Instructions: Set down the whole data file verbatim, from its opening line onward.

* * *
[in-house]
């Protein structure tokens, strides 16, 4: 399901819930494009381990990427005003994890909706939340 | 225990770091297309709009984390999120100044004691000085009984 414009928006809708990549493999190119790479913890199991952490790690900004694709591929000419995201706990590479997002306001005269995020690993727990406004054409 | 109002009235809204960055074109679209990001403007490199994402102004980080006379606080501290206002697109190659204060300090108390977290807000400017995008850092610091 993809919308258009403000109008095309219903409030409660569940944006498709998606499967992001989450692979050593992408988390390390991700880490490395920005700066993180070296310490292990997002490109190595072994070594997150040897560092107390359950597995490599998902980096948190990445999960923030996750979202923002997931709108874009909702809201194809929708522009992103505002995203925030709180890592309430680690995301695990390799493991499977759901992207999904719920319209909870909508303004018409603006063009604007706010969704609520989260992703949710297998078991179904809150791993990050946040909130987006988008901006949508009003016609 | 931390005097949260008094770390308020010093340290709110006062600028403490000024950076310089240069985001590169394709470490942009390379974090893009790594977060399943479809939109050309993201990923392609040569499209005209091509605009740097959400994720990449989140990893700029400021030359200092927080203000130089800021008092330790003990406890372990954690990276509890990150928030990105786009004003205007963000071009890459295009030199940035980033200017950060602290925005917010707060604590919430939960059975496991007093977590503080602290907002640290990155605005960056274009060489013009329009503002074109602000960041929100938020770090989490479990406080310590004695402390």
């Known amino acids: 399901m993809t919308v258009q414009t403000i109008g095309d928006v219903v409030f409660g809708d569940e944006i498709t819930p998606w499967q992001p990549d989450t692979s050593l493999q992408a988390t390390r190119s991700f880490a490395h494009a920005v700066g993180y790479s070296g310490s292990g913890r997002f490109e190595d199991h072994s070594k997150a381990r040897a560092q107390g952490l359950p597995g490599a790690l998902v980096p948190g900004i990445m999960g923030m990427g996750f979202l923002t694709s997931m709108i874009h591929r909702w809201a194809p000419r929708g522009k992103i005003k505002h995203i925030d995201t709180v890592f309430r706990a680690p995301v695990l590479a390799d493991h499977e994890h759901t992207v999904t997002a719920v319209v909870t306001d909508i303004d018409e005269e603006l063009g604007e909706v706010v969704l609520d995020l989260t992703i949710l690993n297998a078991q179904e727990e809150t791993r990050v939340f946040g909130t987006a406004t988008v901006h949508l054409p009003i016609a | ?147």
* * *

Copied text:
[in-house]
């Protein structure tokens, strides 16, 4: 399901819930494009381990990427005003994890909706939340 | 225990770091297309709009984390999120100044004691000085009984 414009928006809708990549493999190119790479913890199991952490790690900004694709591929000419995201706990590479997002306001005269995020690993727990406004054409 | 109002009235809204960055074109679209990001403007490199994402102004980080006379606080501290206002697109190659204060300090108390977290807000400017995008850092610091 993809919308258009403000109008095309219903409030409660569940944006498709998606499967992001989450692979050593992408988390390390991700880490490395920005700066993180070296310490292990997002490109190595072994070594997150040897560092107390359950597995490599998902980096948190990445999960923030996750979202923002997931709108874009909702809201194809929708522009992103505002995203925030709180890592309430680690995301695990390799493991499977759901992207999904719920319209909870909508303004018409603006063009604007706010969704609520989260992703949710297998078991179904809150791993990050946040909130987006988008901006949508009003016609 | 931390005097949260008094770390308020010093340290709110006062600028403490000024950076310089240069985001590169394709470490942009390379974090893009790594977060399943479809939109050309993201990923392609040569499209005209091509605009740097959400994720990449989140990893700029400021030359200092927080203000130089800021008092330790003990406890372990954690990276509890990150928030990105786009004003205007963000071009890459295009030199940035980033200017950060602290925005917010707060604590919430939960059975496991007093977590503080602290907002640290990155605005960056274009060489013009329009503002074109602000960041929100938020770090989490479990406080310590004695402390």
């Known amino acids: 399901m993809t919308v258009q414009t403000i109008g095309d928006v219903v409030f409660g809708d569940e944006i498709t819930p998606w499967q992001p990549d989450t692979s050593l493999q992408a988390t390390r190119s991700f880490a490395h494009a920005v700066g993180y790479s070296g310490s292990g913890r997002f490109e190595d199991h072994s070594k997150a381990r040897a560092q107390g952490l359950p597995g490599a790690l998902v980096p948190g900004i990445m999960g923030m990427g996750f979202l923002t694709s997931m709108i874009h591929r909702w809201a194809p000419r929708g522009k992103i005003k505002h995203i925030d995201t709180v890592f309430r706990a680690p995301v695990l590479a390799d493991h499977e994890h759901t992207v999904t997002a719920v319209v909870t306001d909508i303004d018409e005269e603006l063009g604007e909706v706010v969704l609520d995020l989260t992703i949710l690993n297998a078991q179904e727990e809150t791993r990050v939340f946040g909130t987006a406004t988008v901006h949508l054409p009003i016609a | ?147």